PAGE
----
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First Big Trip to Western Newfoundland

First Big Trip to Western Newfoundland

By Jordan Swyers

It feels like only yesterday. Knowing I would be trying out a brand new sled and riding through territory that I had only dream of made that day feel like eternity. When I got out of school the long drive began. Dad and I were headed for the west coast of Newfoundland. This was my first trip out there and I was extremely excited.

We reached the staging area (B&R cabins) and unloaded my dad’s sled. This was when I was introduced to my ride for the trip, a 2013 Polaris Assault Switchback 800. Now my excitement was through the roof. As we were packing our gear on the sleds a few more people in a group arrived and we headed off to The Backlands Lodge. The Backlands Lodge is located 15 miles from the B&R parking lot. We arrived quite late and it wasn’t long before I was asleep.

The next day the real fun began. We followed the groomed trails for a while towards Western Brook gorge until lunch time. Bordering the valley where we ate lunch there was a mountain that many of more experienced riders had been playing around on for quite a while. It was quite intimidating to me, because I had never been around mountains that big before, but I decided I’d have to try it for myself. I headed straight for it and began to climb. The feeling was amazing, feeling the breeze as the skis touched the blue sky. I played around for another few minutes and then rushed to catch the other riders who had moved on because of the lack of challenge that this mountain provided.

We continued on to the Western Brook Pond Gorge (Gros Morne), occasionally heading off course to play. When we got to the Gorge, we took some pictures and headed over to a nearby mountain. It wasn’t long before Andrew got stuck near the top. Shortly after he was zipping around again, for a few minutes anyway. I turned my head to talk to Dad for a second and when I looked back at the hill again a rider-less sled was rolling down. “There he goes again” was what I said to Dad. However, this time, the antics lead to a broken handle bar. It was really neat to see a real backcountry fix-up. An old shovel handle and duct tape were enough to support the broken handlebar on the throttle side for the ride back.

When we got back to the lodge we had a great feed. The food was wonderful. To other people the food may have been not much of a deal, but when you grow up eating food that’s dried out and burned all the time it is a big deal. Sorry Mom, but the crew at the Backlands is way better at cooking than you.

Day 2 – we ventured off the beaten path, and I learned some important things. One of those things is the importance of planning a route down a mountain before you climb it. Luckily, I did not learn this lesson the hard way, unlike John who weaved his way through trees up a steep mountain only to realize he had nowhere to go. With help from Andrew and a lot of shoveling they managed to create a ledge, get the sled turned around and back down the hill safely. Like the day before we could not make it back to the lodge without any incidents. Leaking coolant led to a tow job. This sled was finished for the trip, but as luck would have it, a friend of ours was coming over that night and had enough room to bring over an extra sled. My good old 600 Legend.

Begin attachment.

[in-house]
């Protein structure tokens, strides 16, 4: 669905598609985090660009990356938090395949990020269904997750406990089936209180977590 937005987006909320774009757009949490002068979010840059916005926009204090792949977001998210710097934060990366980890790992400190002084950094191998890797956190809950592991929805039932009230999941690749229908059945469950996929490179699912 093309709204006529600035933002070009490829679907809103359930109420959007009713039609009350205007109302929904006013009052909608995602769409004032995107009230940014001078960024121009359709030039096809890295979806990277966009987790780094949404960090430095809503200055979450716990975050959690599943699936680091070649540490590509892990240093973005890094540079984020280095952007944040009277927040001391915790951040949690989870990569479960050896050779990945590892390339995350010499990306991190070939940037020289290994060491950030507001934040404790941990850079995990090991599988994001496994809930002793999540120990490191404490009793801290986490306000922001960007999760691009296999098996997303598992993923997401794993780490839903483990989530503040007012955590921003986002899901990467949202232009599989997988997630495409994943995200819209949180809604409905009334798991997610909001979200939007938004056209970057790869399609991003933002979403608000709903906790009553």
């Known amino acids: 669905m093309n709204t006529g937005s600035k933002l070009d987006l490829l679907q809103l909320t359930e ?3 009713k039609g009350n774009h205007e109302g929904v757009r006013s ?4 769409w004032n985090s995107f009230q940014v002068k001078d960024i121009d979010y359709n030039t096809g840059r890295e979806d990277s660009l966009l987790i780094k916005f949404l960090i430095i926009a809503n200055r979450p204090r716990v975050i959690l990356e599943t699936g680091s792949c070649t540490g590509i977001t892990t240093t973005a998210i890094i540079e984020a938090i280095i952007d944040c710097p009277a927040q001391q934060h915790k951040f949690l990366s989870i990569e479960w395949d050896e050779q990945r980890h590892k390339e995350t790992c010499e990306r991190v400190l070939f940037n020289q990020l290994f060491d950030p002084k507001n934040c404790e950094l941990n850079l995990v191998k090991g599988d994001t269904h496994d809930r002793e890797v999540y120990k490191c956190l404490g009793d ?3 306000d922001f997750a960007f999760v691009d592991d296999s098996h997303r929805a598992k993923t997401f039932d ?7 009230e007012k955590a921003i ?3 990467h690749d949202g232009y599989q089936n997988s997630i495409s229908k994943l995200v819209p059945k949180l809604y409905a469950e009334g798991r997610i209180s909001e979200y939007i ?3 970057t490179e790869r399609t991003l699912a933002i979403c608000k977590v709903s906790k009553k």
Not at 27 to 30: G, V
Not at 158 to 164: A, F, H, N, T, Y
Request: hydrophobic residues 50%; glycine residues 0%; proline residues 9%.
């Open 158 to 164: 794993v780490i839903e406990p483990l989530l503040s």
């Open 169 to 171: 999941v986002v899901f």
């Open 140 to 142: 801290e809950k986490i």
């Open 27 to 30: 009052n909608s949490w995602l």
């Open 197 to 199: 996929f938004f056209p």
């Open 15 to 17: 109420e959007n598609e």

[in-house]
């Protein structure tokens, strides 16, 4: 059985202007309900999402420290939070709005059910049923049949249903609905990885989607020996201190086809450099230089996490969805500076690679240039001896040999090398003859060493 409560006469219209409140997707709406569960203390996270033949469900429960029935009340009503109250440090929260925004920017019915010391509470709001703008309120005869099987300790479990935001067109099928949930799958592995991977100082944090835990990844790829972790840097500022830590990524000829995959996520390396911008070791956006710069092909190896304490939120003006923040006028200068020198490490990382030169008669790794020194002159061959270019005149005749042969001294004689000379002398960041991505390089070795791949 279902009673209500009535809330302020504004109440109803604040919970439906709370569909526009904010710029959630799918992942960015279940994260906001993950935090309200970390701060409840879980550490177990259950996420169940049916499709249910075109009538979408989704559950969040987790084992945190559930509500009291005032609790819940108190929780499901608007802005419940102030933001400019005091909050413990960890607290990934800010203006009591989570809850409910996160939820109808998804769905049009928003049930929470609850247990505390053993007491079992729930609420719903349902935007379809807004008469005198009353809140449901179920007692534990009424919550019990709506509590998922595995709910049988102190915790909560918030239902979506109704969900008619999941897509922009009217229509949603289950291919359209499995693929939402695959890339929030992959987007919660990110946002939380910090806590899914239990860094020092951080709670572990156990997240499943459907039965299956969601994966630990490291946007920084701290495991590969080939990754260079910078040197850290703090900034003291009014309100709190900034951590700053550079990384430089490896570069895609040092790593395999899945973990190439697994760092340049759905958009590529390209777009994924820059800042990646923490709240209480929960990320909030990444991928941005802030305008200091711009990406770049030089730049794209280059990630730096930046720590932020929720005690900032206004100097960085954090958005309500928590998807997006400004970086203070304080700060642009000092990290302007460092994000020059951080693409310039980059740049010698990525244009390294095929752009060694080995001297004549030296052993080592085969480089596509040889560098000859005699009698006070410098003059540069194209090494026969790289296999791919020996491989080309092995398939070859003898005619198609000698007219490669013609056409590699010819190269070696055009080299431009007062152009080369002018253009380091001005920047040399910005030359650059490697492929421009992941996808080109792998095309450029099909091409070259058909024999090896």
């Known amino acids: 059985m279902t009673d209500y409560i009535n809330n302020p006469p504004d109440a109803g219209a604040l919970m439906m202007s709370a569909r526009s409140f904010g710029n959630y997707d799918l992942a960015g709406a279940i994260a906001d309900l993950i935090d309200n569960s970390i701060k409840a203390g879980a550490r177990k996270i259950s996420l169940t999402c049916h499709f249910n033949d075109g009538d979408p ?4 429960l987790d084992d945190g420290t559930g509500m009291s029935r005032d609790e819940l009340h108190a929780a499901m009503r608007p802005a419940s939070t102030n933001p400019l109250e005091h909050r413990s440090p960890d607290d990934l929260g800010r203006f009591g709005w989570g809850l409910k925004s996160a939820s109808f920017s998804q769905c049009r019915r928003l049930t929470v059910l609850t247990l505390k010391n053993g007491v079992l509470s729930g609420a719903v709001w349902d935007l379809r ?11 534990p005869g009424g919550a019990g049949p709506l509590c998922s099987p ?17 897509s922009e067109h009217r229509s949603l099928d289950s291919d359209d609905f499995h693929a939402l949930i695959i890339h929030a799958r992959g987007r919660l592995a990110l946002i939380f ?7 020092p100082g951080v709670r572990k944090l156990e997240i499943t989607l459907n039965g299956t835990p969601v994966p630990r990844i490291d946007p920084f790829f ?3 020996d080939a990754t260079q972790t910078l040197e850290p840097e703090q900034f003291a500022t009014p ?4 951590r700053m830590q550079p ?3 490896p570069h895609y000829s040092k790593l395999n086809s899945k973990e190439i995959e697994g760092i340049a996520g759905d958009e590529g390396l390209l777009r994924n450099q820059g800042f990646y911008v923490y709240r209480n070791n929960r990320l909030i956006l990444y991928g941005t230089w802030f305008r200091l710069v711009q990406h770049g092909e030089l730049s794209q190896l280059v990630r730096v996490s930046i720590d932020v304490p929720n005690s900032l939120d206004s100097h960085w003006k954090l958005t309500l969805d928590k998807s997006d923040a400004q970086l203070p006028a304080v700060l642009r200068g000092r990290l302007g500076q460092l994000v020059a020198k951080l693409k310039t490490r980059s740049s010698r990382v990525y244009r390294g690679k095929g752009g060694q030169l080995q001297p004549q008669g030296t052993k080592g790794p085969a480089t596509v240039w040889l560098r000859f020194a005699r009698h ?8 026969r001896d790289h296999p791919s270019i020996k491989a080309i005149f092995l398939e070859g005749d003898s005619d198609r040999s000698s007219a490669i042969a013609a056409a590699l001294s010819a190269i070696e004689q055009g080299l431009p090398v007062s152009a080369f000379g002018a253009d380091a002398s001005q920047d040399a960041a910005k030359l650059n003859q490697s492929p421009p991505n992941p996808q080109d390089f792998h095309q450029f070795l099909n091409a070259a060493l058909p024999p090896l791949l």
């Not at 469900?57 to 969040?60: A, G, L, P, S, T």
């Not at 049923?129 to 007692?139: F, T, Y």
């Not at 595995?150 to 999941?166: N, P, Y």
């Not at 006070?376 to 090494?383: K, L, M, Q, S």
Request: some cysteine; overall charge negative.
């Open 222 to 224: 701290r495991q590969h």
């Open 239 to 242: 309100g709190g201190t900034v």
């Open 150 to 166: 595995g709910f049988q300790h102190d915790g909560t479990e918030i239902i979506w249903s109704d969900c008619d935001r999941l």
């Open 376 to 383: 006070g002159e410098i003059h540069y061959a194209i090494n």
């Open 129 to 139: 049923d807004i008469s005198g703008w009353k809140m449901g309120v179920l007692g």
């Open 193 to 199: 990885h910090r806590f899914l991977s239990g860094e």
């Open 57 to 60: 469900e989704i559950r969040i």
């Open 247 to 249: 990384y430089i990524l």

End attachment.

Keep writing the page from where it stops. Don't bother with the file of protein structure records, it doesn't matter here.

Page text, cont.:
Day 3 began with gassing up and a few parking lot repairs on the Legend caused by a run in with a cliff hidden under a slight layer of powder a few days before (this was damage I had caused). We followed a series of paths for a long time to Parsons Pond Gorge. After a quick stop at the Gorge we started heading back. A steep mountain was our next stop. Andrew Tilley put my old sled in places it never was before. High marking and hill climbing on a Legend, I can’t say that’s something you see every day. Like many of the stops, Meadow Rider (Glen Boyles) and I sat and watched as sleds fly left, right, up, and down across a nearly vertical wall of snow. We hit the groomed trails and continued back. We got to the path to the lodge before we realized over half of our group was missing. We waited about a half hour before they finally caught up. I later found out that a sled that we had passed had caught on fire and burned. If I was only a minute slower I would have witnessed this crazy incident.The next morning came too soon. Back home, back to school I had to go. The trip was done, but dreams of future trips soon filled my head and I’m still counting down the days until my next Western Newfoundland trip.

This article first printed in the Nov 2013 Edition of Sledworthy Magazine and was reposted with the permission of the publisher (Focused Publications).

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As a kid, my passion was always snowmobiling. As a bigger kid, my passion is still snowmobiling. I am a positive person. I am enthusiastic about life and challenges, both in my personal and business worlds. My wife Shannon and three kids; Jack, Alaina and Kate are my world. Their understanding in the winter months is admirable…but as the kids get older, I am excited about introducing them to a sport I love to share, snowmobiling. As I have gotten older, I have concluded that technical riding will keep me on the hill or in the trees for a long time. Riding with the Professor (Bret Rasmussen) helped me understand that. However, getting first tracks on a favourite slope really gets me pumped and I still like laying down a good challenge to the younger riders around me.

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